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Population trajectories for accidental versus planned colonisation of islands

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Author(s)

Graeme D. Ruxton, David M. Wilkinson

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Abstract

We modify an existing model of the population trajectory on an island after the first arrival of a group of hominins to compare the potential success rates of accidental arrival (e.g., on vegetation rafts following major floods or a tsunami) against planned colonisation by watercraft. Our model predicts that colonisation through the accidental arrival of a group of individuals on an island should be around half as likely to be successful as colonisation through the arrival of a planned voyaging party of the same size, but that this difference could be entirely counteracted by the infrequent arrival of small numbers of individuals by similar accidental circumstances in the centuries after the initial colonisation. We argue that our model investigations strengthen the plausibility that especially early island colonisation (such as Homo erectus on Flores) may have occurred as a result of highly anomalous natural events (such as a tsunami), and thus hominin colonisation of islands outside swimming range of continents should not be seen as necessarily indicating the existences of seafaring technologies and skills. (C) 2012 Elsevier Ltd. All rights reserved.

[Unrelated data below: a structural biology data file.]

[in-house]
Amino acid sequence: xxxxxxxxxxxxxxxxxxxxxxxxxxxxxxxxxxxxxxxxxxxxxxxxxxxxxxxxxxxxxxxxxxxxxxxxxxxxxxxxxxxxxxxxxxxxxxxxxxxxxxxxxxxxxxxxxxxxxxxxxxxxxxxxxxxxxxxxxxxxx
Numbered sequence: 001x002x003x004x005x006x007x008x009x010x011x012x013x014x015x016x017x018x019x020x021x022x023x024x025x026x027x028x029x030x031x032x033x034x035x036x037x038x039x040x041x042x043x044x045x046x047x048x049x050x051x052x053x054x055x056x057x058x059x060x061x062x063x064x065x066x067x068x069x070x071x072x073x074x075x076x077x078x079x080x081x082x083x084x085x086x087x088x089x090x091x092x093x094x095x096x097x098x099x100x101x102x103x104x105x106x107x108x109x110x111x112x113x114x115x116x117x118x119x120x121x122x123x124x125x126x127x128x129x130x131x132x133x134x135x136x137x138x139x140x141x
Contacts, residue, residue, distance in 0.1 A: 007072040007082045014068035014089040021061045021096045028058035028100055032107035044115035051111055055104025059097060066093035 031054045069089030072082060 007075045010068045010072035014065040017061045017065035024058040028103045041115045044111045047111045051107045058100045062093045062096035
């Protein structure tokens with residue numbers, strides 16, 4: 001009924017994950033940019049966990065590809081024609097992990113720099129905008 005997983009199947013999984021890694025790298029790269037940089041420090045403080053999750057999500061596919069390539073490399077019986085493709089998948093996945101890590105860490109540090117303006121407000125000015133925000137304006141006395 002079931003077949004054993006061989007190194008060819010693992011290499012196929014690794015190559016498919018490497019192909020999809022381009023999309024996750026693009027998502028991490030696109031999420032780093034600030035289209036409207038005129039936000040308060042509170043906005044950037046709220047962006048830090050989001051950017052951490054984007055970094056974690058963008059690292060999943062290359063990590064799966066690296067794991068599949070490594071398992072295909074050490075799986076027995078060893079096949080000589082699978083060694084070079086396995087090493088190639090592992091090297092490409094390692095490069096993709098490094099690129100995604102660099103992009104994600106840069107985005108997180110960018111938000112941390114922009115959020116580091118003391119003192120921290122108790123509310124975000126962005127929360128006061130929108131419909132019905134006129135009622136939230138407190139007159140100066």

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Original languageEnglish
Pages (from-to)507-511
Number of pages5
JournalJournal of Human Evolution
Volume63
Issue number3
DOIs
StatePublished - Sep 2012

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